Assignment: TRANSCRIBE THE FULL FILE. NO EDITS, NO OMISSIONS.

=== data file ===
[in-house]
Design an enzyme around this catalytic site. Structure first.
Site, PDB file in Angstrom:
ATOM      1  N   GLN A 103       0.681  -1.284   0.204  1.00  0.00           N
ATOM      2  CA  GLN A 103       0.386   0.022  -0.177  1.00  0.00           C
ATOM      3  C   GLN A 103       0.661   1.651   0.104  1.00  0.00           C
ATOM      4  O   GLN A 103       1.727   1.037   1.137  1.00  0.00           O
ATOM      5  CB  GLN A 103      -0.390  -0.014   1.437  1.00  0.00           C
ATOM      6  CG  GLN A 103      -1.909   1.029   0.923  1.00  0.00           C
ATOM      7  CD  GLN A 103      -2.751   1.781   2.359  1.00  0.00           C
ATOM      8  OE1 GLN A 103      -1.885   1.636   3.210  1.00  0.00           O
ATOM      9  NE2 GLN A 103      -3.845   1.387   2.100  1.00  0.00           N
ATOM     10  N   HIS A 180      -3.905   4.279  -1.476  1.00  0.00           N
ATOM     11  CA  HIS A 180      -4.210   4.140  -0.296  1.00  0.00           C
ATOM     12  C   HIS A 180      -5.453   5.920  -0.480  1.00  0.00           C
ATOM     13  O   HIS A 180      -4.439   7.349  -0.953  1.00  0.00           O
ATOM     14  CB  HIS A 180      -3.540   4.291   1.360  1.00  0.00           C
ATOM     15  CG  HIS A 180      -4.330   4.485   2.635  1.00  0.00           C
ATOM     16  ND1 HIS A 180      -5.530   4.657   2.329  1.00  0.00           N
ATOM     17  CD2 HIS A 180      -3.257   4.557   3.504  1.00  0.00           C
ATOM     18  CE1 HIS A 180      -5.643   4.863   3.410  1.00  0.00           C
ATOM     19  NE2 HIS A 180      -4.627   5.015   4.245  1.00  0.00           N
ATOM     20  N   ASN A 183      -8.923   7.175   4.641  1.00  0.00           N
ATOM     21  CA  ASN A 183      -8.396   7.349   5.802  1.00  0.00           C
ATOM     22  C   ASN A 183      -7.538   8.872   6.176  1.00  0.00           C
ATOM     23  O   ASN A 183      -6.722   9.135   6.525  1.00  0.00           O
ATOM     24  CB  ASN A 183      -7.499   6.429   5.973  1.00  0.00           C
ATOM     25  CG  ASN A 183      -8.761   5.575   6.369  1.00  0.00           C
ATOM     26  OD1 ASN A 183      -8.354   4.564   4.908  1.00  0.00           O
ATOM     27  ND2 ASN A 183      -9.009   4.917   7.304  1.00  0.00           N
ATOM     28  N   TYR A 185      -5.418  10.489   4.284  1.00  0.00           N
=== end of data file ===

[in-house]
Design an enzyme around this catalytic site. Structure first.
Site, PDB file in Angstrom:
ATOM      1  N   GLN A 103       0.681  -1.284   0.204  1.00  0.00           N
ATOM      2  CA  GLN A 103       0.386   0.022  -0.177  1.00  0.00           C
ATOM      3  C   GLN A 103       0.661   1.651   0.104  1.00  0.00           C
ATOM      4  O   GLN A 103       1.727   1.037   1.137  1.00  0.00           O
ATOM      5  CB  GLN A 103      -0.390  -0.014   1.437  1.00  0.00           C
ATOM      6  CG  GLN A 103      -1.909   1.029   0.923  1.00  0.00           C
ATOM      7  CD  GLN A 103      -2.751   1.781   2.359  1.00  0.00           C
ATOM      8  OE1 GLN A 103      -1.885   1.636   3.210  1.00  0.00           O
ATOM      9  NE2 GLN A 103      -3.845   1.387   2.100  1.00  0.00           N
ATOM     10  N   HIS A 180      -3.905   4.279  -1.476  1.00  0.00           N
ATOM     11  CA  HIS A 180      -4.210   4.140  -0.296  1.00  0.00           C
ATOM     12  C   HIS A 180      -5.453   5.920  -0.480  1.00  0.00           C
ATOM     13  O   HIS A 180      -4.439   7.349  -0.953  1.00  0.00           O
ATOM     14  CB  HIS A 180      -3.540   4.291   1.360  1.00  0.00           C
ATOM     15  CG  HIS A 180      -4.330   4.485   2.635  1.00  0.00           C
ATOM     16  ND1 HIS A 180      -5.530   4.657   2.329  1.00  0.00           N
ATOM     17  CD2 HIS A 180      -3.257   4.557   3.504  1.00  0.00           C
ATOM     18  CE1 HIS A 180      -5.643   4.863   3.410  1.00  0.00           C
ATOM     19  NE2 HIS A 180      -4.627   5.015   4.245  1.00  0.00           N
ATOM     20  N   ASN A 183      -8.923   7.175   4.641  1.00  0.00           N
ATOM     21  CA  ASN A 183      -8.396   7.349   5.802  1.00  0.00           C
ATOM     22  C   ASN A 183      -7.538   8.872   6.176  1.00  0.00           C
ATOM     23  O   ASN A 183      -6.722   9.135   6.525  1.00  0.00           O
ATOM     24  CB  ASN A 183      -7.499   6.429   5.973  1.00  0.00           C
ATOM     25  CG  ASN A 183      -8.761   5.575   6.369  1.00  0.00           C
ATOM     26  OD1 ASN A 183      -8.354   4.564   4.908  1.00  0.00           O
ATOM     27  ND2 ASN A 183      -9.009   4.917   7.304  1.00  0.00           N
ATOM     28  N   TYR A 185      -5.418  10.489   4.284  1.00  0.00           N